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April 28, 2010

Saw VI

by Franz Patrick


Saw VI (2009)
★★ / ★★★★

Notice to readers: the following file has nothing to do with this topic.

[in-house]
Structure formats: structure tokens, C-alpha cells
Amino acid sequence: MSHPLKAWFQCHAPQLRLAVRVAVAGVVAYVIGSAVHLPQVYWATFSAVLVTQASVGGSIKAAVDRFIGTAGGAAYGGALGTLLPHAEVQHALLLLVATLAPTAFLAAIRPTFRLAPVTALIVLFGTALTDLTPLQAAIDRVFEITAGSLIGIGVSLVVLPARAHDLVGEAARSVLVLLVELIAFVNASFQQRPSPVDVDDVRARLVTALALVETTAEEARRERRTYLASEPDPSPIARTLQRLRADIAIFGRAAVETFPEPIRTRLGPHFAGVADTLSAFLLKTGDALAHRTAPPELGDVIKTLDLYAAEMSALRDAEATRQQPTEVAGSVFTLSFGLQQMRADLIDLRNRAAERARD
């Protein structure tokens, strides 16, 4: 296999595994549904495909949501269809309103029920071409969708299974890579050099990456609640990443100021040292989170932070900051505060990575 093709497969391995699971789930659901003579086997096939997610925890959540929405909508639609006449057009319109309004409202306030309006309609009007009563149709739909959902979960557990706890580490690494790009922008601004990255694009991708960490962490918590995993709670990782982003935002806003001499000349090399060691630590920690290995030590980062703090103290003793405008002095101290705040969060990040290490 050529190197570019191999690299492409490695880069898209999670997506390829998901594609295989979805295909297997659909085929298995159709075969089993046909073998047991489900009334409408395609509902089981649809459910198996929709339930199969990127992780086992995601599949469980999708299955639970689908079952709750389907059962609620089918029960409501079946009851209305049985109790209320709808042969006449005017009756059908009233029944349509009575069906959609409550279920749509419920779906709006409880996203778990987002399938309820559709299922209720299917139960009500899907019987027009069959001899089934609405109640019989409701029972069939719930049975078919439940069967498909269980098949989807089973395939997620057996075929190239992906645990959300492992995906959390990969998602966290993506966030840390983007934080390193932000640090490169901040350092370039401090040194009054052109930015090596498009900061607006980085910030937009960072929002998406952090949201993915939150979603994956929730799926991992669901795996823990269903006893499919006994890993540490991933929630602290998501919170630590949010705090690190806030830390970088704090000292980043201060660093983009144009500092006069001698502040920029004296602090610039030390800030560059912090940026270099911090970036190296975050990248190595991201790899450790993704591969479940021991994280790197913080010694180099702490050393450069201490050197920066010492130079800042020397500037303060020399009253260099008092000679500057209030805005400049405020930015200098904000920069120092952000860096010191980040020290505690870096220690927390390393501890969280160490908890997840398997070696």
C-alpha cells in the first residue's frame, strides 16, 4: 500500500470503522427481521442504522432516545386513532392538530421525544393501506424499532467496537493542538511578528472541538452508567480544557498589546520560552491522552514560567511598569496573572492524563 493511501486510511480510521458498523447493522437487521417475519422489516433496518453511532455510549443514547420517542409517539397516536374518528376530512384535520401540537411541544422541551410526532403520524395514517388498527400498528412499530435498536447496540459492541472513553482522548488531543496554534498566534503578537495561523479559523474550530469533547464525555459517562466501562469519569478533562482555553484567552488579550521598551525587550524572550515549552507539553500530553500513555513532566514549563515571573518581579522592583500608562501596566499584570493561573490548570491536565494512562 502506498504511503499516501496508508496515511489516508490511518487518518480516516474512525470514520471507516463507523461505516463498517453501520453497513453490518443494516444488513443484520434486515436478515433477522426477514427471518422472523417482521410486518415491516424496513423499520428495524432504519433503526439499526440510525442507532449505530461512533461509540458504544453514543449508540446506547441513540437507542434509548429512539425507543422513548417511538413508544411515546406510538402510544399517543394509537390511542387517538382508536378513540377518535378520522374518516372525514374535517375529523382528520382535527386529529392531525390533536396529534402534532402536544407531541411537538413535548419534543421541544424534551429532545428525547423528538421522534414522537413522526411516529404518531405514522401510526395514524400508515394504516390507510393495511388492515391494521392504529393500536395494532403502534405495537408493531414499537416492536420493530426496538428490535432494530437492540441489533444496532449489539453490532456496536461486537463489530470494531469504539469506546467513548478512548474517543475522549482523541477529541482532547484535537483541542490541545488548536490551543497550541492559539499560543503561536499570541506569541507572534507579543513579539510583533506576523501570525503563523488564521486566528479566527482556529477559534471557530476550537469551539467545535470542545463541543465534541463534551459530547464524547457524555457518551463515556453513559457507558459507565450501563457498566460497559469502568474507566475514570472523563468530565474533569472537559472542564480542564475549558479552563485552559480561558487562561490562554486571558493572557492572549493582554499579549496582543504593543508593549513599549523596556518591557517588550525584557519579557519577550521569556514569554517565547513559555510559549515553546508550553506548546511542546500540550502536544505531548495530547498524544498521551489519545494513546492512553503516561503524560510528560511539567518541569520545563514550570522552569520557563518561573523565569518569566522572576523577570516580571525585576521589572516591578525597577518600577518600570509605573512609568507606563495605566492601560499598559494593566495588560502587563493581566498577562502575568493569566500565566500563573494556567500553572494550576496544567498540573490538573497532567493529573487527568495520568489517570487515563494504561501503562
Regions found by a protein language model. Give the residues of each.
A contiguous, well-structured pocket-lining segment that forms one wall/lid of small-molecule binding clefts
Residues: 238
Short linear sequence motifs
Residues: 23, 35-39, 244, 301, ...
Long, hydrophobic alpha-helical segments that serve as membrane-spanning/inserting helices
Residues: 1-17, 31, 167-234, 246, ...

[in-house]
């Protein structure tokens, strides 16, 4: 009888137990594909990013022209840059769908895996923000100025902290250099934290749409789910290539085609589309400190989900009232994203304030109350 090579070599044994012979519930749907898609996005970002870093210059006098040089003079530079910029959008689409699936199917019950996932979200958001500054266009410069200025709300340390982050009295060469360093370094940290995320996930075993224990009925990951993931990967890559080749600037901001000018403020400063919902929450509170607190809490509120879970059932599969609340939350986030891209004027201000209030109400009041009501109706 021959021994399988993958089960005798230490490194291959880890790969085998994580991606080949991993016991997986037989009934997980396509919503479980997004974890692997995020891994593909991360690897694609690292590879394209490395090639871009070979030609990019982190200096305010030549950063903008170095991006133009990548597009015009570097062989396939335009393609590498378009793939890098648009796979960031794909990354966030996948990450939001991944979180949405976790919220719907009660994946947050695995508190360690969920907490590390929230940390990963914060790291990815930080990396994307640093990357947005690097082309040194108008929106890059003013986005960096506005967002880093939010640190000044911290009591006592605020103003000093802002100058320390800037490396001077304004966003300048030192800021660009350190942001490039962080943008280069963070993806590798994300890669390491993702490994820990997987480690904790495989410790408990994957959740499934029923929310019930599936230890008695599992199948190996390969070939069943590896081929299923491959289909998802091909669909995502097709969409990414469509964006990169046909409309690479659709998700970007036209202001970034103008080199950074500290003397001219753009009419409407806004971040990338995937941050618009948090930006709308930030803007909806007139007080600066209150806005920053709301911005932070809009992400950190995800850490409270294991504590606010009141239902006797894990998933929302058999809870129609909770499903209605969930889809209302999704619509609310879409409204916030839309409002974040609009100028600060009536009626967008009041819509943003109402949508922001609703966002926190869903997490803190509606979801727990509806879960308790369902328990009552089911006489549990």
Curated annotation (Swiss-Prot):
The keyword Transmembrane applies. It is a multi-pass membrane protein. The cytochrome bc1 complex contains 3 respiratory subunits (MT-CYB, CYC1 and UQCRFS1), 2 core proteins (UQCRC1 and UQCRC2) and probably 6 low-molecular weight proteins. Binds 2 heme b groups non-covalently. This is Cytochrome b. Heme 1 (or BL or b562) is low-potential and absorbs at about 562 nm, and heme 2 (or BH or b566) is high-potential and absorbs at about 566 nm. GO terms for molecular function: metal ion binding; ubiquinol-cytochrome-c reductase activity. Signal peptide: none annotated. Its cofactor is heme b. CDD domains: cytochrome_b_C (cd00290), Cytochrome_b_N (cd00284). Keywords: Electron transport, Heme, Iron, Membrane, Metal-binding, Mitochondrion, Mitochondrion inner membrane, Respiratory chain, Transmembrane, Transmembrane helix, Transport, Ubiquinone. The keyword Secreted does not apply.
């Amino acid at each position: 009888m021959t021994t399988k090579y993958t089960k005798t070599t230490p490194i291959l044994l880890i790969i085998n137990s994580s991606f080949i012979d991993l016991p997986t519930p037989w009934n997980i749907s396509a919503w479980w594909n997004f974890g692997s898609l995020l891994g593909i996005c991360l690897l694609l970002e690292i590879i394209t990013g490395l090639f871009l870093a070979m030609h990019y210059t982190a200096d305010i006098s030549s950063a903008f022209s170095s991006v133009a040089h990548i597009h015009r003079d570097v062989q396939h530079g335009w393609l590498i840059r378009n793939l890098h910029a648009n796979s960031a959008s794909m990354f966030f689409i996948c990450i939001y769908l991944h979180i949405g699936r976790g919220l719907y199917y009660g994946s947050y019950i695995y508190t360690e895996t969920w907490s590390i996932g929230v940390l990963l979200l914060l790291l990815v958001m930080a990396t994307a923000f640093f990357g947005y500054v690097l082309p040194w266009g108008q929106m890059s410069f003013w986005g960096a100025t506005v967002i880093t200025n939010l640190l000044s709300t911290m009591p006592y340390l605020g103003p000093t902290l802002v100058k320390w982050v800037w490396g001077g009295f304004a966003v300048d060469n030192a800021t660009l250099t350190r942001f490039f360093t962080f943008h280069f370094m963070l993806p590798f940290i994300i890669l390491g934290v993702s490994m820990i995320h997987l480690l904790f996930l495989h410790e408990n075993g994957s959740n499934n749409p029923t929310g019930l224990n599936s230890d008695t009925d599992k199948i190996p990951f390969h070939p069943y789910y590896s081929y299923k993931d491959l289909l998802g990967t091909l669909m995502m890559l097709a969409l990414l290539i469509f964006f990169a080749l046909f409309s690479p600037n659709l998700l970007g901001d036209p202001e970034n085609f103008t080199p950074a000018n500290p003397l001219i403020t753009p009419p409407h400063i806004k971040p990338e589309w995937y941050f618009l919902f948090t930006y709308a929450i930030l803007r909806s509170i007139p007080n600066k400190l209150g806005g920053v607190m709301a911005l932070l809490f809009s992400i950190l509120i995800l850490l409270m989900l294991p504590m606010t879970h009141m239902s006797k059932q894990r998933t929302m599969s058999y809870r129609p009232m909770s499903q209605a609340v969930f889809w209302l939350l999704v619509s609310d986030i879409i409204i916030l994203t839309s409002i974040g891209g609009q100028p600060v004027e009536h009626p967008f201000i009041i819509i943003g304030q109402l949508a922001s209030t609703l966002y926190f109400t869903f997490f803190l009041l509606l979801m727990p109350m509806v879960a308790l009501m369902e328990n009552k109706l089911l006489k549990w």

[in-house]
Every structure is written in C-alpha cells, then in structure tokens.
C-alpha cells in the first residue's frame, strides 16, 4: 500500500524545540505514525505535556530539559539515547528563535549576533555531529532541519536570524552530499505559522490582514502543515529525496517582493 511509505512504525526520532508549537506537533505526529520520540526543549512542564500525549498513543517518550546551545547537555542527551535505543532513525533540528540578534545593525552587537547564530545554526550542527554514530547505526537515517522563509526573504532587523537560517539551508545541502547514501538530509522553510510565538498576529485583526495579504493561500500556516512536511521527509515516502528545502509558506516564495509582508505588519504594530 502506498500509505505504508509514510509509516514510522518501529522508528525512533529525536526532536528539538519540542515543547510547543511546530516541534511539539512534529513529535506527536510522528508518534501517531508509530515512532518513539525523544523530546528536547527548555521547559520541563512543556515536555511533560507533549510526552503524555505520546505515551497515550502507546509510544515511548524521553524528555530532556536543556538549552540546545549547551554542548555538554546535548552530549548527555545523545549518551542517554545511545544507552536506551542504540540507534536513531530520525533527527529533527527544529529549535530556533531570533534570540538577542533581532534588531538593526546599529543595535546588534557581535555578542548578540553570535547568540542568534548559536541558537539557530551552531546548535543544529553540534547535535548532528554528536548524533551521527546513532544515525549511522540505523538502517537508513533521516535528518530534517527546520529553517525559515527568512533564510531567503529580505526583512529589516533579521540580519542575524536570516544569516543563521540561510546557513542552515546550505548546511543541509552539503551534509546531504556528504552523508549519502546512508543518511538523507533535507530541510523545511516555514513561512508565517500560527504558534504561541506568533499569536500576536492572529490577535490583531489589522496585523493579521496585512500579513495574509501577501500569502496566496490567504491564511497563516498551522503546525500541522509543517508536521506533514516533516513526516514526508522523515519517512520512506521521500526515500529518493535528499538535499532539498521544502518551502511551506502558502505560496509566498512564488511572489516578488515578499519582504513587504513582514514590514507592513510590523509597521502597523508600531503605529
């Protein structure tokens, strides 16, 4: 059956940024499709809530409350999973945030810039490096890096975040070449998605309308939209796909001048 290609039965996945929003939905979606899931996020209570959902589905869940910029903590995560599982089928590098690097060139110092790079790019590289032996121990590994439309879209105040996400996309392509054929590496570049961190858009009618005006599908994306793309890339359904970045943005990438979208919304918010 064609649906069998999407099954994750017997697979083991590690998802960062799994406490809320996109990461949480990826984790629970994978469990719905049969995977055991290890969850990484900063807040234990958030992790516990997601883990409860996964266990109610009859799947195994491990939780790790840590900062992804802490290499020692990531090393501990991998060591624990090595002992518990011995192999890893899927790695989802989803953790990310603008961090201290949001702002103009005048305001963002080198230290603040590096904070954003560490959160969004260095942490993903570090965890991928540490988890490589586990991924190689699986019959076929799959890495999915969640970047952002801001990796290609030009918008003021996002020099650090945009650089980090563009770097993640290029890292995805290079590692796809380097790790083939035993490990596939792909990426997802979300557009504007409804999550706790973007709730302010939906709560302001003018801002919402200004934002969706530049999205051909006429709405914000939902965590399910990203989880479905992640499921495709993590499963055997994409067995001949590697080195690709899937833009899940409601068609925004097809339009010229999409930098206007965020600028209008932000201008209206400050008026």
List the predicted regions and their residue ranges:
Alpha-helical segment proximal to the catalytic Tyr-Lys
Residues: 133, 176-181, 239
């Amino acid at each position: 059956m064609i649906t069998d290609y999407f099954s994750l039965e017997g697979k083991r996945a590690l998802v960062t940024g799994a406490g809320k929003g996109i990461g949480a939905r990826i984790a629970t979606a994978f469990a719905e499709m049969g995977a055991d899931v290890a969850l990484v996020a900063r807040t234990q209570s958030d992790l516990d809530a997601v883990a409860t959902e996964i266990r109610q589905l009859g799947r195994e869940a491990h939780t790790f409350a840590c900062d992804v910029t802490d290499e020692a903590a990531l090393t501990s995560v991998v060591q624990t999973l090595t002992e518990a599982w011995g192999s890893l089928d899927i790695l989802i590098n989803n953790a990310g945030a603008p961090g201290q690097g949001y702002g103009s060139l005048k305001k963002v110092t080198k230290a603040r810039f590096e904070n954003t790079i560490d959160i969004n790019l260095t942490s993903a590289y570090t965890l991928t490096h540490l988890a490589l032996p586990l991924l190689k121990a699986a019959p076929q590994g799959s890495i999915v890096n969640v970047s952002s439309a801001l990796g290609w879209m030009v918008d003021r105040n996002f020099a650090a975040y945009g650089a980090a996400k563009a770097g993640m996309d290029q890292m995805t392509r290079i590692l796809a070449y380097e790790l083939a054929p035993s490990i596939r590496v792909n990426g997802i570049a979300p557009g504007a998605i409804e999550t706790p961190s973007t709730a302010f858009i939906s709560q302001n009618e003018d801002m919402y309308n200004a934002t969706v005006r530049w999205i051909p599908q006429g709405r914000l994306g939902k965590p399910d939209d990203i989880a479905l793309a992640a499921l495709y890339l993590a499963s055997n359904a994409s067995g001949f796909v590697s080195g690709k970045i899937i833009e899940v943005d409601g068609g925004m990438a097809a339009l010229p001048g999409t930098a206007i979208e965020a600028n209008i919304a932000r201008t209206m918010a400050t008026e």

I just realized that a “Saw” sequel was released every year since the original. So it made me wonder when they would stop delivering us torture porn. Even though I do not particularly like the “Saw” franchise, I’m inclined to watch each movie that comes out because of my curiosity. In “Saw VI,” it was the same old formula: Jigsaw (Tobin Bell) gave his mindless and psychopathic minions (Costas Mandylor, Betsy Russell) cryptic envelopes from the grave that contained photos of people who “needed to learn how to appreciate life more.” I’ve never and will never agree with Jigsaw’s illogical rationalization of “teaching” people but it was brainless entertainment so I went along with it. I enjoyed saw “Saw VI” more than “Saw IV” and “Saw V” because it focused more on one individual (Peter Outerbridge) which was one of the leaders of an insurance company who devised a formula that decided whether the company would cover the cost of a person’s treatment for an illness. I also enjoyed (I’m not sure if that’s the right word) the opening scene which involved sacrificing the most amount of flesh for one to survive and the carousel scene. Other than those, the filmmakers threw the audiences random flashbacks designed to explain how “everything is connected.” For me, it’s all smokes and mirrors and I don’t see any brilliance in them. While most audiences would probably go, “Oh my god, that’s so smart!,” I just sit there and think, “That’s it?” because I could sometimes guess what the twist was (such as in this instance). While watching the movie, I actually thought of the possibility that one day, a writer would reset the franchise and make a hard-boiled procedural film (somewhere along the lines of “Zodiac” or perhaps even “Se7en”) about the Jigsaw murders instead of just featuring one torture scene after another. Instead of seeing the murder from a psychopath’s perspective (which we’ve been experiencing since “Saw II”), it would be nice to see it from a detective’s point of view. But not just any detective; a detective who is a good person even though he or she has her inner demons. A little bit of intelligence and heart would certainly benefit this franchise because so far, it hasn’t offered me anything new. But will that stop me from watching “Saw VII”? (Come on, I bet it was already in post-production by the time I saw this movie.) Probably not.

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